fern with pumpkins
I try to stretch out the season as long as possible by covering the plants in my garden and bringing the potted ones into the house overnight when those first freezes are forecast. But once we get into mid-October, it becomes a losing battle, and I have to admit defeat.
Swedish ivy
A lot of my green plants still looked gorgeous when I carried them in for the long winter earlier this week, so I snapped a few pictures ... because I knew they were going to start turning brown and dropping leaves the second they crossed the threshold into the house.
Swedish ivy
This Swedish ivy is two years old. It spent last winter in my living room, dying a slow death. There was almost nothing left of it by spring. Once it got warm enough that I set it back outside, it exploded back to life.
lipstick plant
This is a lipstick plant. It's supposed to be a houseplant, but I set in on a shady spot on my front porch over the summer, and it loved it.
lipstick plant
It never ceases to amaze me how quickly plants grow outside.
I can't remember the name of this plant, but I've had it for about five years. Every spring when I set it out on the deck it grows like crazy. I used to let the vines trail down over the edge of a plant stand, but there's so much weight on the bottom now, I started setting it on a table, so the vines are supported.
asparagus fern
I've had this asparagus fern for a couple years. Some of you might remember from this post that it was in sad shape when I first brought it up from the basement in the spring.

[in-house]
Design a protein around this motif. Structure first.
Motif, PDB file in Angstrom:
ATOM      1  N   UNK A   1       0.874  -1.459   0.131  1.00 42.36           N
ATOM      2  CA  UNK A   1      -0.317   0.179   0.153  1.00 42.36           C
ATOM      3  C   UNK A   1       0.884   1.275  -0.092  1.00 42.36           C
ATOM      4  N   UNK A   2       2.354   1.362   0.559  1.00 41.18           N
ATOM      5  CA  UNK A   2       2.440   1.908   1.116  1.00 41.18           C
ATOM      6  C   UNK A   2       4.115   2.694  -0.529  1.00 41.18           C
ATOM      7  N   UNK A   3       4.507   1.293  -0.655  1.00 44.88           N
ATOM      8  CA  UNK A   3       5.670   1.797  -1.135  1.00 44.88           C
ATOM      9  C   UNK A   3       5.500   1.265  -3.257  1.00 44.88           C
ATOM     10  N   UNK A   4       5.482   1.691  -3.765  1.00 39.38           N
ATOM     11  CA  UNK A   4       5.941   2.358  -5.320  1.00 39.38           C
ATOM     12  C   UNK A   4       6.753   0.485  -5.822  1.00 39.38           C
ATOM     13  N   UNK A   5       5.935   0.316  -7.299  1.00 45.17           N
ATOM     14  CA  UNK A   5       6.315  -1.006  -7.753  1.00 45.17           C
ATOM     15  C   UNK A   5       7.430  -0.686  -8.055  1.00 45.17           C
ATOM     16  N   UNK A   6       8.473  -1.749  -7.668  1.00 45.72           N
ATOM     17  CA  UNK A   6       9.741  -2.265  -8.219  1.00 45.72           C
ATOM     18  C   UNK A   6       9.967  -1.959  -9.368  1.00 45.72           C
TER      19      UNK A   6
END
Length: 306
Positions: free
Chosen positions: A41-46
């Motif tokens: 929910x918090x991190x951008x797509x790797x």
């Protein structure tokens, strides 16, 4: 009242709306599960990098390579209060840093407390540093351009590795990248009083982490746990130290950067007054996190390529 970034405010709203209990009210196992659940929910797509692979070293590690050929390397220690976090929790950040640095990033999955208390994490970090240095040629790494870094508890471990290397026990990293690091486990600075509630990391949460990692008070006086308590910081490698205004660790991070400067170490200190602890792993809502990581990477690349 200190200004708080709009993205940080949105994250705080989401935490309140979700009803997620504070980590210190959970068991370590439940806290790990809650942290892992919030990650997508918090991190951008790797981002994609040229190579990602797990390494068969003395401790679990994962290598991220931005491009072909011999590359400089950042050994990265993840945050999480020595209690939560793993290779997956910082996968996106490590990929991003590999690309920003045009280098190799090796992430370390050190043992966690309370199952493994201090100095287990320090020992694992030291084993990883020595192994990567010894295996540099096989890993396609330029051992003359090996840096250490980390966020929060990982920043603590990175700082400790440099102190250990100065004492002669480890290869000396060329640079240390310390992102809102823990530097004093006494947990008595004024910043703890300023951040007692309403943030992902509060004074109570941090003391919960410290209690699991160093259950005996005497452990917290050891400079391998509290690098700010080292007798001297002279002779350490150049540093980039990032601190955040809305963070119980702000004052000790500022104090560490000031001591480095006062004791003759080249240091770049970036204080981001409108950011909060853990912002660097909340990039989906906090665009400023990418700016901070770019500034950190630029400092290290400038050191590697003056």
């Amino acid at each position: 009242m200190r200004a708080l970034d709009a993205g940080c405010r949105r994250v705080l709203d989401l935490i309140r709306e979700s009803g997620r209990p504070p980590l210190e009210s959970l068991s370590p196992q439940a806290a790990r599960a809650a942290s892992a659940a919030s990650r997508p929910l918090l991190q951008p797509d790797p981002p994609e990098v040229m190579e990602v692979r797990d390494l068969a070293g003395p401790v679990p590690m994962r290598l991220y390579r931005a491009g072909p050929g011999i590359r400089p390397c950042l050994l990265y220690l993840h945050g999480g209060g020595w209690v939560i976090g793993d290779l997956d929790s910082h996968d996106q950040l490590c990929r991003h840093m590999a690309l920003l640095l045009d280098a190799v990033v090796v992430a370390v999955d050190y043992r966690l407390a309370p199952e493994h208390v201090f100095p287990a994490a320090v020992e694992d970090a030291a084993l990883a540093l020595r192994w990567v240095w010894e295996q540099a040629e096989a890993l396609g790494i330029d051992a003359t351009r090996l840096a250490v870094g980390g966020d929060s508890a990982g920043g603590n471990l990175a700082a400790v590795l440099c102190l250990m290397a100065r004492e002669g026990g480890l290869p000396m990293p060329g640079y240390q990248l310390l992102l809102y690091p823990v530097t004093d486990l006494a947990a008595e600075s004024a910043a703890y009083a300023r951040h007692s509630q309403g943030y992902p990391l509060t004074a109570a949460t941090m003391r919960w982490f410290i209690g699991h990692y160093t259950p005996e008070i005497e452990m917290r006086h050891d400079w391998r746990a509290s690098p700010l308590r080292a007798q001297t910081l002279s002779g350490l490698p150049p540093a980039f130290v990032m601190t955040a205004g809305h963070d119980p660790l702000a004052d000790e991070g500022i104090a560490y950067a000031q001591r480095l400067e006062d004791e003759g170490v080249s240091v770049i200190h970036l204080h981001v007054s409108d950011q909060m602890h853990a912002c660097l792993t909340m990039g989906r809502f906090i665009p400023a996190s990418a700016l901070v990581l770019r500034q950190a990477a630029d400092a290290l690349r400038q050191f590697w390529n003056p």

cat with asparagus fern
Here it is then, in all its glory. Calvin didn't mind that the plant was half-dead. He turned his back on the healthy, organic cat grass I had grown for him and started noshing away on the poor sickly asparagus fern.
cat with asparagus fern
So it was no surprise that as soon as I carried the now-healthy plant into the house the other day and set it on the dining room floor, he immediately walked over to investigate -- and started chowing down.
I also dug up a few plants that were in the ground -- like these tiny succulents -- in hopes that they would survive the winter indoors.
butter crock as planter
I had picked up this butter crock at a thrift store a few weeks ago, thinking it would be the perfect size to plant the succulents in.
gravel provides drainage for plant
Because there are no holes in the bottom, I put a thin layer of gravel on the bottom to provide some drainage.
succulents in butter crock
I filled the pot with cactus potting soil and put the tallest plant in the back.
succulents in butter crock
 Then I potted up the rest of the plants.
succulents in butter crock
Aren't they sweet?
fern on porch with pumpkins
Of all my plants, I think this fern is my favorite -- mostly because I've never been able to keep one of these alive all summer before. Here's hoping that it survives the winter for me, too...

Saturday, October 17, 2015

Pumpkin Makeover

Over the years I have collected a hodgepodge of fake pumpkins and gourds from thrift stores and garage sales.
Some are Styrofoam. Some are plastic. One is really heavy (and I have no idea what it's made of).
 This year, I decided to give them a makeover.
pumpkin craft project